Swiss federal election 2023: When will we know the result?

Swiss federal election 2023: When will we know the result?

The big day is finally here! After months of campaigning and debating, polling stations across Swiss cities and cantons have finally opened their doors to allow citizens to vote for who will make up the next parliament. Here’s all you need to know about the timeline of the Swiss federal elections in 2023 and when we can expect to see a result.

Update: The preliminary results of the election have now been released. You can read about the outcome of the election and its impact on expats in our guide to the Swiss federal election results.

Swiss federal elections in 2023

From 9am on October 22, people across the country will be given a chance to vote and select their preferred candidates' and parties’ list to decide the composition of the Swiss Federal Assembly, consisting of the National Council (lower house) and the Council of States (upper house). 

This year, the population-based Swiss National Council will welcome an additional representative from Zurich - up to 36 seats, the largest caucus in the chamber - while Basel-Stadt will lose a representative, down to just four seats. The Council of States remains unchanged, with one seat each for cantons Obwalden, Nidwalden, Basel-Stadt, Basel-Land, Appenzell Innerrhoden and Appenzell Ausserrhoden, and two seats for every other canton.

How is the Swiss parliament elected?

Each seat in the National Council is elected via proportional representation within each canton - the citizens of Zurich choose who fills the 36 seats allocated to them, Basel chooses four, and so on. Seats in the Council of States are allocated either using a simple majority or proportional representation, with some cantons staging runoff elections should the winning candidate not secure enough votes.

How are people able to vote?

When it comes to where and how to vote, all those eligible and registered should have already been sent their voting documents by post, which should include information regarding where and when to vote in person on the day. The Swiss government also offers a “VoteInfo” app to help provide people with the latest information on how to participate in the elections.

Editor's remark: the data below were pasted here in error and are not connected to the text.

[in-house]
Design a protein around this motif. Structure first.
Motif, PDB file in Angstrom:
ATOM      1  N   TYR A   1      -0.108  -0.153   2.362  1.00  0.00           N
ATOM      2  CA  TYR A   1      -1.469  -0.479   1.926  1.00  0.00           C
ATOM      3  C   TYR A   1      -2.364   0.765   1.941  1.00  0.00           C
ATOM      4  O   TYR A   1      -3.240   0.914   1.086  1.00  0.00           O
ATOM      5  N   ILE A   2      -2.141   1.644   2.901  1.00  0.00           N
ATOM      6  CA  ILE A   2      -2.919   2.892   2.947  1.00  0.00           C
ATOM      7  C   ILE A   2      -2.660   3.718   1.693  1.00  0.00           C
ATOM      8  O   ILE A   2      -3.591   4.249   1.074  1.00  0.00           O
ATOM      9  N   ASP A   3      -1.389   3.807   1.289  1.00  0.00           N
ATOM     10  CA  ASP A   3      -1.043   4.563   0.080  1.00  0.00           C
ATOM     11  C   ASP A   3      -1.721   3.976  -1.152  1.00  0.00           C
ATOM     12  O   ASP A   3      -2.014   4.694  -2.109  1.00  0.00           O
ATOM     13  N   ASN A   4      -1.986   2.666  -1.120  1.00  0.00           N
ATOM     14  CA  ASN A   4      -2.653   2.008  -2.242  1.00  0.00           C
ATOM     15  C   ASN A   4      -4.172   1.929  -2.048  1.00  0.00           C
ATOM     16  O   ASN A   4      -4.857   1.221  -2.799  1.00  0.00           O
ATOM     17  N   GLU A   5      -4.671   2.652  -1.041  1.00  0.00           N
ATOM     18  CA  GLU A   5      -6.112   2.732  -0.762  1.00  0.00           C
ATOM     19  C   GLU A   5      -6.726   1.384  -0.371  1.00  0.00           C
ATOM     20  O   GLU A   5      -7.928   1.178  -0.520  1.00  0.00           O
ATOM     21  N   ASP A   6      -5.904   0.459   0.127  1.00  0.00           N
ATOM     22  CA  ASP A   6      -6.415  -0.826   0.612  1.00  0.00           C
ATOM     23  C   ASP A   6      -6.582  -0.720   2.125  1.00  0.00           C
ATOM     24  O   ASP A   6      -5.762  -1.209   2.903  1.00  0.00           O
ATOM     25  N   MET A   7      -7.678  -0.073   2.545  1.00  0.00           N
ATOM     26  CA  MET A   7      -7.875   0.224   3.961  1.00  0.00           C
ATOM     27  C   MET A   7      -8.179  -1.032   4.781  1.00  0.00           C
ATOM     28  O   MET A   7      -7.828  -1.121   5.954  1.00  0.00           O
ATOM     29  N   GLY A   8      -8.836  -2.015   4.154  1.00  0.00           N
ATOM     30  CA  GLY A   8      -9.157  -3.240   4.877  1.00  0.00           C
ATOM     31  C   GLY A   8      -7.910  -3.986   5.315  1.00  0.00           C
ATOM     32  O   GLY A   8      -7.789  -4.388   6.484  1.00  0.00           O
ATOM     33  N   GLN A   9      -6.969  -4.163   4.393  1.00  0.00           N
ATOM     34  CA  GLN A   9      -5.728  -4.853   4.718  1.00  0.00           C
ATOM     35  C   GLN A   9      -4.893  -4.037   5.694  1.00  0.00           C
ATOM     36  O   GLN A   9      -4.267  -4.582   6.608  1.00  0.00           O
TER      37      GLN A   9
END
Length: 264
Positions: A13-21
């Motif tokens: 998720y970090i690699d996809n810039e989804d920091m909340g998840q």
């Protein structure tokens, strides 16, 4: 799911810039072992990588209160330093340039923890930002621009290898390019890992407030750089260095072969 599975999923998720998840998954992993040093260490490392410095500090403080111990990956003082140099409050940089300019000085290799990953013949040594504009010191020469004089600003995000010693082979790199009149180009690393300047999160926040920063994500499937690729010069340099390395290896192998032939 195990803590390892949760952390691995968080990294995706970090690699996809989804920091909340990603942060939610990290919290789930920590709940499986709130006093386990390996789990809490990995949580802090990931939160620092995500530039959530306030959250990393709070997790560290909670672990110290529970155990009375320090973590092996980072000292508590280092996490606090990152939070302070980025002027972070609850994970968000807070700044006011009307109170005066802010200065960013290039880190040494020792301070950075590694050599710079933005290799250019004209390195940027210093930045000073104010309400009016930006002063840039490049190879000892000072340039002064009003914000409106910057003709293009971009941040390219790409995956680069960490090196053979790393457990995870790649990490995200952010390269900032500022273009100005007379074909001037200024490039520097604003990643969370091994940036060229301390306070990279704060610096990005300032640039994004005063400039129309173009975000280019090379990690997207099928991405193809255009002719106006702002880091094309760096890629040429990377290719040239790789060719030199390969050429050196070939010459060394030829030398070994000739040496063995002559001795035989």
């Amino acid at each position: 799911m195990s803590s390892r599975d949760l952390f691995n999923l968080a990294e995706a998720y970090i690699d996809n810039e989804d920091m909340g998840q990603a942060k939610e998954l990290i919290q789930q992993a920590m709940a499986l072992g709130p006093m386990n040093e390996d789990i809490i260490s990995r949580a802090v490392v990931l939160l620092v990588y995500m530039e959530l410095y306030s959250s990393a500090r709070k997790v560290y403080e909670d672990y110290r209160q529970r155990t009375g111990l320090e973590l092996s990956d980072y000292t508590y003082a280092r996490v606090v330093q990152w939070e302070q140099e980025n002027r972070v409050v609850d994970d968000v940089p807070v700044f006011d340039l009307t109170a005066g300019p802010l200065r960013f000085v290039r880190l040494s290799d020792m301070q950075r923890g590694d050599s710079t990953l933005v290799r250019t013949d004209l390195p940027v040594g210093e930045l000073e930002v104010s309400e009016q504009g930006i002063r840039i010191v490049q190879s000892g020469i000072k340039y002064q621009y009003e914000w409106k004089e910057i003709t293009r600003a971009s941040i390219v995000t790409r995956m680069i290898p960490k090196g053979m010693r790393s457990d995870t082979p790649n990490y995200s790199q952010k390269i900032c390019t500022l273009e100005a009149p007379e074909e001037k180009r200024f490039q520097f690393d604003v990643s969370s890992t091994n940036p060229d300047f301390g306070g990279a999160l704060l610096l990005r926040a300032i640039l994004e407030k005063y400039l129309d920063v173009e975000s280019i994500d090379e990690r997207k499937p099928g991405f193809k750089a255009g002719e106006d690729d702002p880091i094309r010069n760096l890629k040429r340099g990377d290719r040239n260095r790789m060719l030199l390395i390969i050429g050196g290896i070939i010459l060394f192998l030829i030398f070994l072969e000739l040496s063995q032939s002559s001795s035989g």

Sadly, holders of residence permits are not allowed to vote in federal elections, so most expats will be unable to fully participate in the democratic process.

Key times on Swiss election day 2023

With the most pressing issues already raised, speeches held and promises made, here’s what the timeline looks like on Swiss election day, October 22, 2023:

  • 9am: The first polling places will open across the country (hours vary by municipality).
  • 11 - 12am: Polls close across Switzerland. Votes submitted in person and by post will start to be counted.
  • 12pm: The Federal Statistical Office (FSO) will begin publishing preliminary results from all cantons. Live updates will be provided on the official website.
  • Between 12pm and 12am: National broadcaster SRF will release an official projection of the final result, also known as an exit poll. Times vary, but for reference in 2015, this was announced at 7pm.
  • 12pm - 12am: Preliminary results are released and the first round of any Council of State elections are calculated.

Thousands of Swiss citizens are set to volunteer to count the votes, with results tabulated by municipality and canton. All but the closest results should become apparent by the end of October 22. 

What happens after Swiss polling day?

The federal government will publish the official results of the vote and the number of seats won by each party by the end of October, while any appeals against the results will be heard in early November at the latest. If required, runoff elections for Council of State members will be held on the second, third and fourth Sundays in November.

Members of the newly elected National Council will swear an oath and assume the role of councillor on December 4. Then, finally, the Federal Council elections will be held at a joint meeting of the National Council and Council of States on December 13. This will decide the composition of the seven-member executive branch and elect the new President of Switzerland.

Thumb image credit: Michael Derrer Fuchs /

Jan de Boer


Jan de Boer

Jan studied in York and Sheffield in the UK, obtaining a master's in broadcast journalism and a bachelor's in history. He has worked as a radio DJ, TV presenter, and...

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